Academics to be issued first 10-year visas say it makes the ‘UAE feel like home’

The first batch of specialists to benefit from the new long-term visas have praised the scheme for making them feel welcome and said it will help attract leading expert in their fields

ABU DHABI, UNITED ARAB EMIRATES. 16 JANUARY 2019. Ernesto Daminai, who is one of 20 academics to be awarded a 10 year visa, under a new initiative to encourage highly skilled people to stay in the UAE for longer. (Photo: Antonie Robertson/The National) Journalist: None. Section: National.
Powered by automated translation

The first UAE residents to benefit from the newly-introduced 10-year visas for academics have backed the scheme, saying that it has encouraged them to make the UAE their home.

The first batch of visas were awarded this week to 20 finalists for the Mohammed bin Rashid Medal for Scientific Distinction.

The new long-term visas were announced in May last year as part of a shake-up of visa rules, and offers visas of up to 10 years to sought-after professionals, such as specialists in medicine, science, research and technical fields, as well as their families.

The move was designed to encourage them to relocate to the country, stay longer and invest.

While the first recipients of the visas are already resident in the UAE, many of the scientific academics told The National that they thought the new rules would help attract other leading academics from overseas, with universities across the world battling to recruit the best talent.

They also said they felt the decision to recognise professors and researchers first sent out a valuable message about how much academia is valued.

“Any major scientific discoveries require time. To work on grand projects you need to have security and know you’re going to be there for a long haul,” said Hassan Arafat, 45, a professor of chemical engineering and an expert in water desalination at Khalifa University.

“Now, I’m emboldened to work on longer-term projects.

“I look at this as an investment by the UAE in my future and it means I will be invested in the UAE as well. It makes this country feel more like home and I can think about serious long-term plans for my children.”

The father-of-three said he had received messages of congratulations from friends in his native Jordan and believes the scheme would prove a “game-changer” for the region. He expects similar moves to be adopted by other GCC countries in the future.

“My friends abroad see it as a major thing,” he said.

“People in academia value the opportunity to be stable. Countries like the US, Australia, Canada already have programmes like this to attract talent.”

The 20 academics were surprised with their new visas as there was no application process and the visas had not been officially rolled out until now.

Previously residency visas were only available for up to three years.


Read more:

More detail emerges about new long-term visas - but who qualifies?

Sheikh Mohammed announces sweeping changes to UAE's visa system

UAE awards first long-term visas to winners of Mohammed bin Rashid science prize


It was “a great honour and a privilege” to be among the first to receive the extended visa, said Professor Lakmal Seneviratne, professor of robotics at Khalifa University, who has lived in the UAE since 2010.

A British citizen born in Sri Lanka, he is involved in recruitment at the university and said the 10-year visa would help create more attractive packages when speaking to potential new employees.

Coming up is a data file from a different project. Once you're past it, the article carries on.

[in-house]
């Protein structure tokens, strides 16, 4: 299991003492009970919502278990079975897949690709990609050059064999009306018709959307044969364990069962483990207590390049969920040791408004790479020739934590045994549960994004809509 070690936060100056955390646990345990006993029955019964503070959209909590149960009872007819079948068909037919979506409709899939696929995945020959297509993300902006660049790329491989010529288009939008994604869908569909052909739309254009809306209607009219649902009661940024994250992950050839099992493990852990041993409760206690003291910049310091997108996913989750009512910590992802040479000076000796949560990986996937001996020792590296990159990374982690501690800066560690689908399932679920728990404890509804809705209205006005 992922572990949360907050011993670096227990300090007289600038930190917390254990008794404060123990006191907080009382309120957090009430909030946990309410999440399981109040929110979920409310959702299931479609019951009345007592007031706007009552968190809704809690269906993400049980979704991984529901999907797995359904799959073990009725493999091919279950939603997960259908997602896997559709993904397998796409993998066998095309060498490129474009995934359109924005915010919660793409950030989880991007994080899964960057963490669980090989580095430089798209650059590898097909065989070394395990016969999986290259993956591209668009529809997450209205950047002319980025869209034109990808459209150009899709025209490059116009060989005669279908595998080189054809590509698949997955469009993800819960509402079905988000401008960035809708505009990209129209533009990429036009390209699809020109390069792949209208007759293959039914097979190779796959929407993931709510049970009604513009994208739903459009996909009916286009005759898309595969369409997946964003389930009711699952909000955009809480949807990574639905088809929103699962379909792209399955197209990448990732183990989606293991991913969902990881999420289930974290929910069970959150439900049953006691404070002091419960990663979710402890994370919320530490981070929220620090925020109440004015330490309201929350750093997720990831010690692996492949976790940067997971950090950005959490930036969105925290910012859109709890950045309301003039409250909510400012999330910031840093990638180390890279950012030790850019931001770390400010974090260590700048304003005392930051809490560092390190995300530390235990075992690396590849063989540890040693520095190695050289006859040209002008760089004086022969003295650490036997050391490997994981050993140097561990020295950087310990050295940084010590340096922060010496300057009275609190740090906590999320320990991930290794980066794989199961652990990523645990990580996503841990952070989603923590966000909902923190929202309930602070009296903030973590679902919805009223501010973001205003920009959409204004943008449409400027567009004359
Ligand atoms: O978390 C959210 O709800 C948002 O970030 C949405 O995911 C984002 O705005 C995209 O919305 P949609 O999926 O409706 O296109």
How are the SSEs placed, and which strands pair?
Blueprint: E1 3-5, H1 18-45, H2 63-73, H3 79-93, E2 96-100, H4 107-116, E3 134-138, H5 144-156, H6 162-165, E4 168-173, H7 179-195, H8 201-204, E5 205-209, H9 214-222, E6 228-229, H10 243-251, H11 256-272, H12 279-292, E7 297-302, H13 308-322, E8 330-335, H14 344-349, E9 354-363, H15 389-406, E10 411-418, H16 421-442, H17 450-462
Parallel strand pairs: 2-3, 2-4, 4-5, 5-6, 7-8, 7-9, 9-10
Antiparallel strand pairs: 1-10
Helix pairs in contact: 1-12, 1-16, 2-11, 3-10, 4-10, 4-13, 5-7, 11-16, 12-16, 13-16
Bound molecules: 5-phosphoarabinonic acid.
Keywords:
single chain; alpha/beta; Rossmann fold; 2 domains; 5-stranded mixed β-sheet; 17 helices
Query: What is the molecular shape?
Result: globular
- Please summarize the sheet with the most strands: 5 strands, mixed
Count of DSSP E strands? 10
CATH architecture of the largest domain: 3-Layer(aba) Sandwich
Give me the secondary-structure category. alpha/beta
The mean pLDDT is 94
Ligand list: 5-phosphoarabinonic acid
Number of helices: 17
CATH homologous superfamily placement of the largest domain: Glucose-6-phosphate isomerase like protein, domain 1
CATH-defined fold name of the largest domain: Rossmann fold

“People look at various factors when they decide to take a job, but the more robust package we can offer the more competitive we will be,” the 60-year-old said.

“I think for many people, if they have long-term stability, they are more likely to come.”

According to Ernesto Damiani, 58, an Italian computer science and data expert based at Khalifa University who was also awarded the new visa, the extended permits will help create a stronger research community.

“I believe this programme will allow the UAE to recruit rising stars,” Professor Damiani said.

“Results cannot come from a single man sitting at a desk with a pencil – you need a community and infrastructure.”

Other academics to have been awarded a 10-year visa include Ghaleb Husseini, professor and associate dean of engineering at the American University of Sharjah and Andrea Valerio Macciò, associate professor and program head of physics at New York University Abu Dhabi, where he works in space science.

“Having an Italian passport, I know I am unlikely to face problems renewing a visa,” Professor Macciò, 43, who came to the UAE in 2015 after working across Europe, said.

“But having a 10-year visa makes me feel more welcome than I did before and it feels nice that the country is investing in us.”

The new visas would also give academics more freedom, according to Professor Husseini, 43, as they would not feel tied to one employer.

“This programme, I believe, is going to help the country,” said the chemical engineer, who is working on developing advanced chemotherapy treatments.

“I think this is the way to go. The UAE is very appealing – there are a lot of advantages to being in the country. If you can get long-term residency people will be more willing to leave their jobs and continue their work here.”

Institutions also backed the scheme for "creating a culture of inclusion".

"It contributes not only to our success, but also to the richness of the remarkable faculty, staff and researchers that we can attract” said Kate Chandler, a spokeswoman for NYUAD.

“The new long-term visa programme will help to further our contributions to the UAE's knowledge-based economy and enable us to continue to grow as an employer of choice in the region, attracting leading professionals.”